THE "DENPA" MEN: They Came By Wave
3DS Download | Genius Sonority | 1 Player | Out Now (North America) | $9.99 / £7.19
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26th September 2012; By KnucklesSonic8
Upon hearing that we were in store for another AR-driven experience, a part of me resisted the idea; which part exactly, I'm not sure, but I guess there's some bitterness over past experiences I didn't even know existed. With all due respect to titles that have pulled this off, it was only after witnessing The Hidden's unsettling execution that I became extra cautious about how this functionality would be used in the future. Consequently, it was as if I was already put off by the very notion of another team using AR as a footstool towards something original. To add to the issue, bad memories still linger over the eShop's most recent RPG, Planet Crashers, and how lousy it turned out to be. I didn't rationalize that the formula of "RPG" and "AR" would equal "disaster," strictly based on my experience with those two games. But it's interesting that despite being conceptually and stylistically different from that of The Hidden and Planet Crashers, Genius Sonority's production makes both titles look trashy by comparison. Bigger than that, though, the game time and again feels like a great expansion to Nintendo's own Find Mii, and so, whether just on that merit or on the strength of its own set of features, THE "DENPA" MEN: They Came By Wave is sure to become a new eShop favourite for many.
Coming in all shapes and sizes, Denpa Men are excitable creatures with a very Pikmin-meets-Elebits likeness. You will enlist and create your own team of helpers to aid a gentlemen by the name of Herbert, who has made it his personal mission to defeat The King of Evil (how long did it take to think that one up?) and rescue his love interest. The game's setting is that of Digitoll, a central base where radio waves flow in like an airport control tower, and players will have to tap into these streams to gather members needed for the long road ahead. This is where the AR functionality comes in. Using the 3DS' front camera, you'll move your system around in real-world locations in search of the Denpa Men. To allow for lighting discomfort or just a plain insensitivity to the whole idea of this method of navigation, players who may be more reserved can actually keep this as a strictly virtual simulation by pressing the X Button, giving the space a patterned background that is uninfluenced by real-world images.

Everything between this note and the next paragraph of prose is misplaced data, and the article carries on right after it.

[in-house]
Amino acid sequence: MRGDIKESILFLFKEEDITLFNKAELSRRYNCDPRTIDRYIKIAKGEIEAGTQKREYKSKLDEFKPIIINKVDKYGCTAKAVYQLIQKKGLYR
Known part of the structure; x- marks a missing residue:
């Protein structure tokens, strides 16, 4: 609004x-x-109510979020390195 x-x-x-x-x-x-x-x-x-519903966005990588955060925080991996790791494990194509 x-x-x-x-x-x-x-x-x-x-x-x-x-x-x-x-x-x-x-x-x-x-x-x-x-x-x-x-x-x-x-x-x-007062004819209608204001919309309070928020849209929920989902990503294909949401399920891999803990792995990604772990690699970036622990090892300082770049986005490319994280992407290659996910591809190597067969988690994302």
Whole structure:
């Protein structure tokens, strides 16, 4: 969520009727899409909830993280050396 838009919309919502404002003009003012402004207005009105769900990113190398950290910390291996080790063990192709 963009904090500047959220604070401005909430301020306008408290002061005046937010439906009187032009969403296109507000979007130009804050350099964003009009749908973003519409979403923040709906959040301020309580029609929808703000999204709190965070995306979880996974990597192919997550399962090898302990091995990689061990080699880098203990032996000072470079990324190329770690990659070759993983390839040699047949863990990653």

It's great to see that the system itself isn't terribly finicky and is fairly simple to manipulate. Once your cursor lines up with one of the floating entities, the X Button will launch a net in its direction. If it misses, he or she will scurry off in an opposing direction, and seeing as there's a finite time to work with before they disappear from sight, it's important that when there are plenty of Denpa Men present that you focus on the ones that will benefit you the most. Those with an antenna come with an upgradable skill, while those that don't -- the more common set of Denpa Men -- have but a basic attack. It can get annoying when they hide beneath your center point, as this forces you to re-adjust by moving the 3DS upwards quickly, just so they can be at a more reachable level. But aside from that, there are no major technical faults to speak of. Of course realizing that this may vary depending on the signals coming through in your area that the game can read from, it's also pleasing to see that, unlike The Hidden, THE "DENPA" MEN won't force you into uncomfortable scenarios or a frequent change of surroundings just to make any kind of advancement. It was perfectly doable in my case to beat the game without ever having to leave home, and for those that may not be as receptive to the idea of looking like a lunatic in the middle of an open field, that may be just what you want to hear.
Returning to that earlier remark about THE "DENPA" MEN's connection to Nintendo's own mini-RPG (built into the StreetPass Mii Plaza), what you have here is the role of StreetPass for the ingathering of helpers being replaced with augmented reality as the acquirement method. There's a similar imposition of work involved but also more controllable circumstances in return. When it comes to features such as these being used as a basis for an entire campaign, I'm sure you'd agree that balance becomes especially crucial. Go overboard with how much the game relies on the system and it becomes a gimmick; or worse, it overrides the entire "game" component and turns what should be fun into an extended errand. On the other hand, if this is touted as a selling feature but is in actual fact treated as a disposable part of the picture, such a weak-handed approach wouldn't speak very positively to the overall concept. So, then, where does THE "DENPA" MEN fall? Well, I'm happy to report that the game's use of AR in line with the concept feels just right. It doesn't get caught up in the technical aspects, nor is it tripped up by them. And rather than presumptuously spilling over into the core gameplay to create a point of distraction, the developers have wisely kept the AR usage in its proper place as a sort of contour line to push but not take hold of the entire experience.